Tuesday, April 27, 2010

"Human Rights" Lesson Leaves a Bad Odor

I learned something new today via this article in the National Post. Until now it had been my understanding that if a "Human Rights" Commission rejected a complaint, it could not then be taken up by the same jurisdiction's "Human Rights" Tribunal. Apparently, that's not so (my bolds):
The family of Luc Cagadoc, a young Filipino student from Montreal, claims the boy was discriminated against by his elementary school's staff for eating his lunch Filipino-style -- cutting his food with a fork and scooping it into his mouth with a spoon. This week, the Quebec Human Rights Tribunal came down on Luc's side, awarding $17,000 to his family for racial and ethnic prejudice. The episode provides yet another example of how over-reaching the human-rights industry has become and how desperately it needs to be reined in.
In 2006, Luc, who is now 11, was apparently reprimanded repeatedly by the lunchroom monitor at his school in Montreal's Marguerite Bourgeoys school district for allegedly disrupting the other young diners by "eating like a pig," using his two-utensil technique to slurp food into his mouth. On several occasions when he refused to stop, he was made to sit by himself at a separate table. When his mother, Maria-Theresa Gallardo, questioned the principal about her son's treatment, she claims he said Luc should learn to "eat like a Canadian."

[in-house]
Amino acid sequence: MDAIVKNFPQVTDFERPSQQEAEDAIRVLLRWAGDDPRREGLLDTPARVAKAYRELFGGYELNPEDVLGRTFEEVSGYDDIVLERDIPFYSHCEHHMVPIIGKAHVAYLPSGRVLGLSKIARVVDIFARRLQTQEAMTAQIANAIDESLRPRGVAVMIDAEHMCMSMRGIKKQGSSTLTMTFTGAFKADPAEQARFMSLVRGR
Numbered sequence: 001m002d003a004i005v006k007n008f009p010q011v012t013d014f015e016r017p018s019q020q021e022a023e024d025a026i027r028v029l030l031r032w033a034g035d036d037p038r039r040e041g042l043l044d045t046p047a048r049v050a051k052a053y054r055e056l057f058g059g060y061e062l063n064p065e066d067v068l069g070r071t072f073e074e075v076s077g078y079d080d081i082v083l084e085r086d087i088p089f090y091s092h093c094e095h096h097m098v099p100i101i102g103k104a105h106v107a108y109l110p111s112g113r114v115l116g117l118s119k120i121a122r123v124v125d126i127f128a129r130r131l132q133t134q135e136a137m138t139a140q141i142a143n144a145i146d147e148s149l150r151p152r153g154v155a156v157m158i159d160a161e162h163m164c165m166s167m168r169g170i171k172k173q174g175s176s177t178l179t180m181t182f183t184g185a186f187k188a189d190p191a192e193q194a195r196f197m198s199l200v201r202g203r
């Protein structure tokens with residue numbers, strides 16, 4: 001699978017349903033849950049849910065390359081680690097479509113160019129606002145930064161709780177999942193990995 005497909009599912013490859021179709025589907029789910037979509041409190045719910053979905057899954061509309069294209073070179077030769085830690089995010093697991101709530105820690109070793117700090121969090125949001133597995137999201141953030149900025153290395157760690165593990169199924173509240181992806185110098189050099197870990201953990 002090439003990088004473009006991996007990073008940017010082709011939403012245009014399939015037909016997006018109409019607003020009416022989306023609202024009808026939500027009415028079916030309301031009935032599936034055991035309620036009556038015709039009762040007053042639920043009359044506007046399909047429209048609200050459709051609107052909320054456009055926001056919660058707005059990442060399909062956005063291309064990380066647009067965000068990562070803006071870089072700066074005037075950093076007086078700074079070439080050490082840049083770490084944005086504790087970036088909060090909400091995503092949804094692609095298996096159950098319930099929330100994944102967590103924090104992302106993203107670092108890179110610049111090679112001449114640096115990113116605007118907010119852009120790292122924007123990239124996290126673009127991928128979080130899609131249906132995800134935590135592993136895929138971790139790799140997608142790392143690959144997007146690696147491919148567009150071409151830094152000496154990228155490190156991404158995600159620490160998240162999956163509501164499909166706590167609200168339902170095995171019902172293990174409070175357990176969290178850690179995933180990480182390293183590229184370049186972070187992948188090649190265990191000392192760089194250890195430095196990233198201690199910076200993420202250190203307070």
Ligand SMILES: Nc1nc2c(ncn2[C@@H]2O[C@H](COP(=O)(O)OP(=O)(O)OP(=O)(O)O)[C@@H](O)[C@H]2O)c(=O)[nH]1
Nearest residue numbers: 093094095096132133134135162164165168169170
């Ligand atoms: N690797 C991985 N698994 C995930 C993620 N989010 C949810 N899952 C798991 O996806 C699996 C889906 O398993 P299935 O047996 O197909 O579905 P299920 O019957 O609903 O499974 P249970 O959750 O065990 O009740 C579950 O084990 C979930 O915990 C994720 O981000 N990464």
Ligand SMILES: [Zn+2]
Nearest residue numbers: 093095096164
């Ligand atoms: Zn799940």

Ms. Gallardo insisted that the fork-and-spoon dining method is so integral to Filipino cultural identity that an attempt to stop her son for eating that way amounted to racial or at least cultural discrimination. The school board countered that no one ever said Luc should learn to eat "like a Canadian" (not that we see anything wrong with school officials teaching children the sort of decorum required in Canadian society); and that the reason he was repeatedly admonished by the lunch monitor was that his loud and animated eating was disturbing to some of his classmates.
It is impossible to tell which version of events is true. The Quebec Human Rights Commission (a separate entity from the rights tribunal that made the award against the school board) refused to take up the case for lack of evidence when Ms. Gallardo first approached them. Too much of the case depended on whose word could be taken as true...
I don't get it--the QHRC said there wasn't enough evidence to proceed, but the QHRT not only accepted the case but used the same absent evidence to rule in favour of the complainant?

Something smells really bad here--and it isn't the food in school lunchroom.

1 comment:

Jim R said...

"I don't get it--the QHRC said there wasn't enough evidence to proceed.."

Desperate for work.